Pegeen January 28, 2014
Thanks, Rachel, for the tips and Toulouse suggestion. The book was published in 1947 so this may be a recipe that has passed into the fog of history. (btw, no mushrooms or allumettes in Lucas's version.) Cheers!
Rachel P. January 28, 2014
If it has vanished, you need to try it then, for better or worse. Who knows, it could turn out to be the very best way of cooking mussels ever!
Pegeen January 28, 2014
Since you spend time in France, maybe you can help me with this mussels question: I came across a Dione Lucas recipe (The Cordon Bleu Cookbook) for Moules Forestieres. You place a couple quarts of mussels in a big roasting pan and scatter 2 DOZEN PINECONES on top of them, light the pinecones and let them burn out. Discard pinecones. Mussels will have opened. Remove top shells from mussels, lightly spoon a cream & Parmesan sauce over mussels, run under broiler.
I imagine the pinecones serve much like wood chips, but there must be pine sap in the cones that would drip onto the mussels?
Unfortunately, Lucas does not give any information on the geographic origins of the dish. Was just thinking that in a coastal region like Brittany, you might have heard of it.
p.s. Am available any week in July to scrub, de-beard and cook as many mussels as you like in Brittany! ;-)
Rachel P. January 28, 2014
That sounds crazy. I'm afraid I've never hear of the dish in our region, I think it is because the pine cones are from somewhere else because I walk in the forest a fair bit and all I ever find are fungi (which I need to learn to forage correctly) and chestnuts. Have you got a copy of Larousse? It would be my first instinct to look in there, but I'm not in the same place as the copy I use at the moment otherwise I'd look it up for you. A quick Google tells me that it is from around Toulouse, which is down South near where I spent loads of time growing up, so makes sense as I was always gathering pine cones as a kid! However, I've had a quick read of all the recipes on various French language blogs and none of them seem to reference the pine cones, it seems to be a dish with mushrooms and cream, sometimes allumettes that is common in most grocery stores, that is basically a French bacon/ pancetta hybrid.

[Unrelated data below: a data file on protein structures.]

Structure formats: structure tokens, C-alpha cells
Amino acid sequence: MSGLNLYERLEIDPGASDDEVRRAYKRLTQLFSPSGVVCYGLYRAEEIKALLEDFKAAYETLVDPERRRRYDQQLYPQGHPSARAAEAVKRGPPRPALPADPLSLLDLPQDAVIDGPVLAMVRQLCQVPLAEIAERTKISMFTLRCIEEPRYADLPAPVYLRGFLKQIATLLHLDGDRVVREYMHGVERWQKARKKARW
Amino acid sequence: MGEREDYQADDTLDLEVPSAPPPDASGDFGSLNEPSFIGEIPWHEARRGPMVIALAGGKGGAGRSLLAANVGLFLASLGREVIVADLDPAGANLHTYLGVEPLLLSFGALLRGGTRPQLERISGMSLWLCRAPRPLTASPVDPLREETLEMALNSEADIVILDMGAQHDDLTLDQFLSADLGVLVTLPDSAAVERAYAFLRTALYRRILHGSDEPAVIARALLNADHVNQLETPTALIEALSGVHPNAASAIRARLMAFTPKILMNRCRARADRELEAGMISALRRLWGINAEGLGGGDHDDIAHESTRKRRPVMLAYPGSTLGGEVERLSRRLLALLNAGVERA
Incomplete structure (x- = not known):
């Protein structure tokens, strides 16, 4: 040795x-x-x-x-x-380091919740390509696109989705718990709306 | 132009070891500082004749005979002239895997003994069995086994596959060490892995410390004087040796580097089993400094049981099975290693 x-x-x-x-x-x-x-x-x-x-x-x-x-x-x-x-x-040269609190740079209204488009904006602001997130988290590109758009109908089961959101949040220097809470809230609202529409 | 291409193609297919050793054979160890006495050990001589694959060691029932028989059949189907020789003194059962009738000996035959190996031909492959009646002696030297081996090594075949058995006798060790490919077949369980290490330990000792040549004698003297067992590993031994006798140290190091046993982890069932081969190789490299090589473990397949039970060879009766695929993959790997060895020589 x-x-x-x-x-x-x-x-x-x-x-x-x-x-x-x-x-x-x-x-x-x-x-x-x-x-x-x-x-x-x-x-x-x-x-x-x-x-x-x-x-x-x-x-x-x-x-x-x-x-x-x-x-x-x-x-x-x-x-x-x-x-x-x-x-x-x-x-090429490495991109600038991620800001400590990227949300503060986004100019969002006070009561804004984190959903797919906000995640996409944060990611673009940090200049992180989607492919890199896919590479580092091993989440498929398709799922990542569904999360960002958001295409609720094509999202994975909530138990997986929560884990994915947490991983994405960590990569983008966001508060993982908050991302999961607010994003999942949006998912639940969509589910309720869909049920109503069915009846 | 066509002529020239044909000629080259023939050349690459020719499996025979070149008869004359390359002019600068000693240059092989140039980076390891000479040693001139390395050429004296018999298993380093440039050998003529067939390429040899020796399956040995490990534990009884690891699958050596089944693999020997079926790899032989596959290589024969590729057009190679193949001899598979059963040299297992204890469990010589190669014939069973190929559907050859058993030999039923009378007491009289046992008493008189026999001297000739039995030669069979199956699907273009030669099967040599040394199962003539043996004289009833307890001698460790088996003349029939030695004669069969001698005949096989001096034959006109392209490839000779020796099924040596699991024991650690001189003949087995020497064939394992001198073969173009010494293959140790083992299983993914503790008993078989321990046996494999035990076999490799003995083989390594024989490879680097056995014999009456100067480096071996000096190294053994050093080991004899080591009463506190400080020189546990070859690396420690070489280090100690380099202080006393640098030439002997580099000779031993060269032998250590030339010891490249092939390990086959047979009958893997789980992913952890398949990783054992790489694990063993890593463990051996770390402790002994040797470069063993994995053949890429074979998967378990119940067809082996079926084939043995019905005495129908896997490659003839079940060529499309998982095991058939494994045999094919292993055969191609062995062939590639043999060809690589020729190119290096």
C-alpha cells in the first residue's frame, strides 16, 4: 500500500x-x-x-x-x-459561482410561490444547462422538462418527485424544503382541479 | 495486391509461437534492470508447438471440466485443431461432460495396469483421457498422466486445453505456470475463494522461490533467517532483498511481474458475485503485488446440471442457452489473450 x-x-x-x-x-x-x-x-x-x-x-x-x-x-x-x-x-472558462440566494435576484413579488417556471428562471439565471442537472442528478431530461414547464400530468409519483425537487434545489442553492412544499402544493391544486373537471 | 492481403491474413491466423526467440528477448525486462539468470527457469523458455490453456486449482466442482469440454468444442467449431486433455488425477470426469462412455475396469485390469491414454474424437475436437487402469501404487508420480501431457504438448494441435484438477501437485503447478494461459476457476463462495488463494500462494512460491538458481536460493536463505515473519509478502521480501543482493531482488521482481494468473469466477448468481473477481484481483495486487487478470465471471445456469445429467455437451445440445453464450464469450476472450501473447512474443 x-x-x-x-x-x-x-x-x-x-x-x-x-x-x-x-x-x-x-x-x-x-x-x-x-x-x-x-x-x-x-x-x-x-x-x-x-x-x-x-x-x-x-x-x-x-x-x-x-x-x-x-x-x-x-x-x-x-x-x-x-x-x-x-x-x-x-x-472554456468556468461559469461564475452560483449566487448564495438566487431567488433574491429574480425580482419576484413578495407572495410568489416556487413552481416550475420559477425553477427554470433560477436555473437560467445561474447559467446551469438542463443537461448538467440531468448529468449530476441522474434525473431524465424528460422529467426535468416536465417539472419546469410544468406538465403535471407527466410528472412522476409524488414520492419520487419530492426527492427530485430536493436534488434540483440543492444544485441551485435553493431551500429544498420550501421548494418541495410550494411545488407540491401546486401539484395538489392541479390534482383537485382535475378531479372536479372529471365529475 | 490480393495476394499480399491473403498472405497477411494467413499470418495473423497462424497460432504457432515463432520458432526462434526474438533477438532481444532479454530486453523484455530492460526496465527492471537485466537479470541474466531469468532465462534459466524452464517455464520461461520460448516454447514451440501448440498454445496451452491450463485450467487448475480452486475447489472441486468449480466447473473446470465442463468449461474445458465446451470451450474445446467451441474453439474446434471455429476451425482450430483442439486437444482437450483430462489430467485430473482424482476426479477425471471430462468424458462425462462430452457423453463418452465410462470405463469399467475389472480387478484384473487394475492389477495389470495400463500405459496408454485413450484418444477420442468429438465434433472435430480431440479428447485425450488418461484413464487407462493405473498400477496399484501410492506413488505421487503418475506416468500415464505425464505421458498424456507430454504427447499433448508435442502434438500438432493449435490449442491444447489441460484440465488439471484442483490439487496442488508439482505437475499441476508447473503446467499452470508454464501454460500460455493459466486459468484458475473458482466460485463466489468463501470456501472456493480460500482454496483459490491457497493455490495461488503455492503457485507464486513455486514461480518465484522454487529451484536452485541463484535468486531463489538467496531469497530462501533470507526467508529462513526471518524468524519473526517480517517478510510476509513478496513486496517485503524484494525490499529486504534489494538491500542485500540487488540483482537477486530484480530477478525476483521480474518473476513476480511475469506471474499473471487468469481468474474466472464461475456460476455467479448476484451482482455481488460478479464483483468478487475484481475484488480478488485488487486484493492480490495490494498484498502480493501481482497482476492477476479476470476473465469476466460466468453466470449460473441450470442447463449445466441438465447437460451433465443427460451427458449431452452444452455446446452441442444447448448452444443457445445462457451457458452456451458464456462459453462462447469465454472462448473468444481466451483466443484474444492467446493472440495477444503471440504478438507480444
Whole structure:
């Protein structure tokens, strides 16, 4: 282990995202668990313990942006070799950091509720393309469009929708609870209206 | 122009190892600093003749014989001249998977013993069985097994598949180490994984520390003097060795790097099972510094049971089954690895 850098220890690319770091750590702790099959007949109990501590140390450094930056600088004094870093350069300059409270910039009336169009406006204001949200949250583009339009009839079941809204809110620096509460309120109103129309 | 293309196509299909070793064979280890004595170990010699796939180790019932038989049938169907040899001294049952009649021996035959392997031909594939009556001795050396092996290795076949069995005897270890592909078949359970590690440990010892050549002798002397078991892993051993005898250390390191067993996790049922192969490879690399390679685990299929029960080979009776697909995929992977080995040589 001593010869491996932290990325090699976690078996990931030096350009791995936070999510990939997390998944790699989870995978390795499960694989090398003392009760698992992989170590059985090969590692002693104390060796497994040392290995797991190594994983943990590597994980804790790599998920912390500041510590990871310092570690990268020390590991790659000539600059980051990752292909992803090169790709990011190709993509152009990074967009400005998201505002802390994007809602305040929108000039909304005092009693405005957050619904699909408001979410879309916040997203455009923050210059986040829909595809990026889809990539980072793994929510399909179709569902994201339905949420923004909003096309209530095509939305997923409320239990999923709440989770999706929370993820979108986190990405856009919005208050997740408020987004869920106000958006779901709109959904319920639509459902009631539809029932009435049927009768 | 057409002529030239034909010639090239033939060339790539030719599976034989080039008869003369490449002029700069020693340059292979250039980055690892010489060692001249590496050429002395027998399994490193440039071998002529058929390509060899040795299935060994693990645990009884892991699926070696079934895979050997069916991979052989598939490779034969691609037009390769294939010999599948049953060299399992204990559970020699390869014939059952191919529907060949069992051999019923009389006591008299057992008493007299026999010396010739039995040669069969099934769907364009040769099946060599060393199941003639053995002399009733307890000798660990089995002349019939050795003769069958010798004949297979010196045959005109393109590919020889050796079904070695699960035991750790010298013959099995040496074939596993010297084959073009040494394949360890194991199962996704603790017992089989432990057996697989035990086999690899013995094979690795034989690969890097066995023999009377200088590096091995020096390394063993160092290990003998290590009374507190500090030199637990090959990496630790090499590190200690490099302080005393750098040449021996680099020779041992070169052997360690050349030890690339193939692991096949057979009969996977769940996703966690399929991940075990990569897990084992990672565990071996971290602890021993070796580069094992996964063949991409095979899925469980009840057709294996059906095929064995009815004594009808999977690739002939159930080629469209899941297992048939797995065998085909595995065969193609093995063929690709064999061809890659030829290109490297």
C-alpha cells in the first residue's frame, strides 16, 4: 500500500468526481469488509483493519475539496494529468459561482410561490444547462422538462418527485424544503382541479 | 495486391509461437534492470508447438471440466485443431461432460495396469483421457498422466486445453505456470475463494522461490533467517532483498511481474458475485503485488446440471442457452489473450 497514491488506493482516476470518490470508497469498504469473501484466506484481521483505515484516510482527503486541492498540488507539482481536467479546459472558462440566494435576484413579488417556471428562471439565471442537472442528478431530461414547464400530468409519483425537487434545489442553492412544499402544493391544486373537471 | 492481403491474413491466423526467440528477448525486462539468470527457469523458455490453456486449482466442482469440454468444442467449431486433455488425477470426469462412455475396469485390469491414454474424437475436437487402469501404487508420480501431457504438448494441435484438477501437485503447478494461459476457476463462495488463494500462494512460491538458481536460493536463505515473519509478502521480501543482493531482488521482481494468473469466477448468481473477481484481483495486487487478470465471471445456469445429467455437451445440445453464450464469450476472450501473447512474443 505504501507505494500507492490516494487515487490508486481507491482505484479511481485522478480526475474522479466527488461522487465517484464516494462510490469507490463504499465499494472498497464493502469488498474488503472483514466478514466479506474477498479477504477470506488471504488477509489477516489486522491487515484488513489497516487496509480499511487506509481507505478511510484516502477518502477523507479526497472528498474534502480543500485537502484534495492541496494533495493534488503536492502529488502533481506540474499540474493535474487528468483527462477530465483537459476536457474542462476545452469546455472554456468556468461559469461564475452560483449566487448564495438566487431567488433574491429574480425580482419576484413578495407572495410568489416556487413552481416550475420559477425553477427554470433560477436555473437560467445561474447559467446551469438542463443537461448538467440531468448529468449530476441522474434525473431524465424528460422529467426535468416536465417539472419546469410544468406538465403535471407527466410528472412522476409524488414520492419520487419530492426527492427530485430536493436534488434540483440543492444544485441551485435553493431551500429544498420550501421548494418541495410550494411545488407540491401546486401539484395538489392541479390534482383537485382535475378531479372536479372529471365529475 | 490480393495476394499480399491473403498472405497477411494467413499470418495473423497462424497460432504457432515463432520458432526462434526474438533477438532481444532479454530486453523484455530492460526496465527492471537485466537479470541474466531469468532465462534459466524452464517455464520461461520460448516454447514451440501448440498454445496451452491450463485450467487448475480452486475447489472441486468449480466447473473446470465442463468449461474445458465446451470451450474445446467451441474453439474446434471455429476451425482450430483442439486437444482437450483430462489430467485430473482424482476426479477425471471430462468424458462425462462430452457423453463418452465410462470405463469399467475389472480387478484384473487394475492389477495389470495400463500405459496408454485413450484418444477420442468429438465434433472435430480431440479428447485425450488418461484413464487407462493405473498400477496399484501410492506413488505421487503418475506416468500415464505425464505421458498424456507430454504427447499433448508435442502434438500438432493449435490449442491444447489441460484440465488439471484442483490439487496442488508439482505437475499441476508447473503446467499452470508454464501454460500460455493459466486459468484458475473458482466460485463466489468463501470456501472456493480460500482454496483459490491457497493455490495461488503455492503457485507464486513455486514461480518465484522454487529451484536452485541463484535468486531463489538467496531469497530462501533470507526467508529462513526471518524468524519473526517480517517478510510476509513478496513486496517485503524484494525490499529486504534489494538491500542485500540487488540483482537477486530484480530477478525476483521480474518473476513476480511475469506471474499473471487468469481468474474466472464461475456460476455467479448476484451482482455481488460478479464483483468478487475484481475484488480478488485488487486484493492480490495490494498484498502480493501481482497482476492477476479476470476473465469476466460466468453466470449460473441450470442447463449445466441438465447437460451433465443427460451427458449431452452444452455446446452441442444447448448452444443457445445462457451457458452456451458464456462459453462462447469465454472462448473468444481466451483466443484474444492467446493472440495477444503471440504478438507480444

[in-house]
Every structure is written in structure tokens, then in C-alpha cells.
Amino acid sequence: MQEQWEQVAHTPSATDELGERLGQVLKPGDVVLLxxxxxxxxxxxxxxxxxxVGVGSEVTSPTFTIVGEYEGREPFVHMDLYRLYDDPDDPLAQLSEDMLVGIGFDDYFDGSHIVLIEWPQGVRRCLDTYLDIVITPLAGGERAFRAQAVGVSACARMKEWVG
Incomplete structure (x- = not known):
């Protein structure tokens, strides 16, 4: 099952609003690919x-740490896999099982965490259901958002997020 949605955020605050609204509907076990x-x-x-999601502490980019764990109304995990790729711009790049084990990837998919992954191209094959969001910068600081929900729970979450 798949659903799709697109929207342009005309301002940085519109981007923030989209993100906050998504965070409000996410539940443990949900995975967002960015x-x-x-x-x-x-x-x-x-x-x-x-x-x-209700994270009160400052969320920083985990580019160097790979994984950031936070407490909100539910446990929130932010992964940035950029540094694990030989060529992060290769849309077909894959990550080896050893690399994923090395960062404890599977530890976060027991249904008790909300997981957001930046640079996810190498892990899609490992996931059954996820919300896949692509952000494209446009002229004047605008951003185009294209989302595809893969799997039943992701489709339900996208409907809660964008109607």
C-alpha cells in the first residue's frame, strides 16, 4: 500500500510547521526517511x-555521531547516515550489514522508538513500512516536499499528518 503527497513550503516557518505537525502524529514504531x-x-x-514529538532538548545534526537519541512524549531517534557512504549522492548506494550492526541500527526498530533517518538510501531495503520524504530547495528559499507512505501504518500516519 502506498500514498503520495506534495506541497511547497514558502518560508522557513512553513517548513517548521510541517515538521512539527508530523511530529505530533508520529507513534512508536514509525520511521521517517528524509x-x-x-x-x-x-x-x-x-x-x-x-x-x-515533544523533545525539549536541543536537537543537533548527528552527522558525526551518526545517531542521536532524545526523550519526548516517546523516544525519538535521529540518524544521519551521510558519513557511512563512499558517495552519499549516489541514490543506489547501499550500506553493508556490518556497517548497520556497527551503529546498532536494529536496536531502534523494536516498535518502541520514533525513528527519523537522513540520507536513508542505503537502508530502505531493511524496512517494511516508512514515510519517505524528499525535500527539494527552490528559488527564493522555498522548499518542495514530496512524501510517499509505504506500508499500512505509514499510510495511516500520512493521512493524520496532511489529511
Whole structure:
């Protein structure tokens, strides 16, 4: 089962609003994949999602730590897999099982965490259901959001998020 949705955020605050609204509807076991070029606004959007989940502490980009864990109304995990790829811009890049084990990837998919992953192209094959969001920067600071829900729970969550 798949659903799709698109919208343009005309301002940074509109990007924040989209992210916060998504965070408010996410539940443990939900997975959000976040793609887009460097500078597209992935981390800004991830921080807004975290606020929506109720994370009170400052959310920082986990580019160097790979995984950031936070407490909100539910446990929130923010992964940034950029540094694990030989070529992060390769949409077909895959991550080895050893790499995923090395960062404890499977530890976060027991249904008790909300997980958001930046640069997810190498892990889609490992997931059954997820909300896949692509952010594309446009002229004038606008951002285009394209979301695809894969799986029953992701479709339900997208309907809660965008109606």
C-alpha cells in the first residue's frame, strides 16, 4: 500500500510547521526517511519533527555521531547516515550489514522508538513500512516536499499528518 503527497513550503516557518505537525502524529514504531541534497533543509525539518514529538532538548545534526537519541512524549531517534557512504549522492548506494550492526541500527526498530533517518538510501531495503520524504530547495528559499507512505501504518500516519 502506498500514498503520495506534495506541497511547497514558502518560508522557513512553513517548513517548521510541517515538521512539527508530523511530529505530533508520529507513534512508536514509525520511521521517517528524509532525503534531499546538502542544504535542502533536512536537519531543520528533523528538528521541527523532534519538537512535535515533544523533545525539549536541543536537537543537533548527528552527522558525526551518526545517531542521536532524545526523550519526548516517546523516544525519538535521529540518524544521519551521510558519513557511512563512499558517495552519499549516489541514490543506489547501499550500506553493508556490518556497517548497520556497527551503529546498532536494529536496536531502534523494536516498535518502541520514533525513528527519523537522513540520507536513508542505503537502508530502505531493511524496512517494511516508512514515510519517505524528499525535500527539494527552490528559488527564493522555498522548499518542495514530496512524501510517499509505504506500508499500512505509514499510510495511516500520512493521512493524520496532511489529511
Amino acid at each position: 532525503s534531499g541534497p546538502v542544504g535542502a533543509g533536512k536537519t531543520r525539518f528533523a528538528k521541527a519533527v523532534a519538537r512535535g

And it is London the scrubbing and de-bearding gets me down. When I went in this morning and could not see any on the counter, I asked my fishmonger if he had any and he got some out for me with the words "yes, but they will take some scrubbing" by way of a warning. But anyway, understatement on the century! In Brittany, why would I cook my own moules when I can get moules mariniere, French bread, a good glass of red wine, and a butter and sugar crepe for 12€ ($16.50)?!
Rachel P. January 28, 2014
Yes I do! I have a home in Brittany, Northern France and I think if I ate mussels in any other way in a restaurant there I'd get thrown out! I originally learnt watching a 5 year old do it at the next table when I first moved there.
Pegeen January 28, 2014
Just a fun tip: do you know of this mussel-eating technique? You use a fork to pry a mussel out of its shell (then eat it, of course!). Then use that empty mussel shell as a pincers to pluck the other mussels out of their shells. A nice French waiter tolerant of Americans showed me how to do that. :-)
Pegeen January 28, 2014
Patting the mussels dry is a good idea. There is not a lot of added liquid in the recipe so it may just be the natural liquids steaming inside the oven. One thing you could do is remove the top half of each mussel and pour out the "liquor" (save it for a broth) but the mussel liquid is usually a coveted part of eating the mussels. Another thing you could do, if your concern is that the toast is getting too soggy, is just to put all the mussels in their opened shells with the tomatoes, etc. in bowls and just keep toast points or slices of baguette on the side for dunking and mopping up the juice (or spoons!).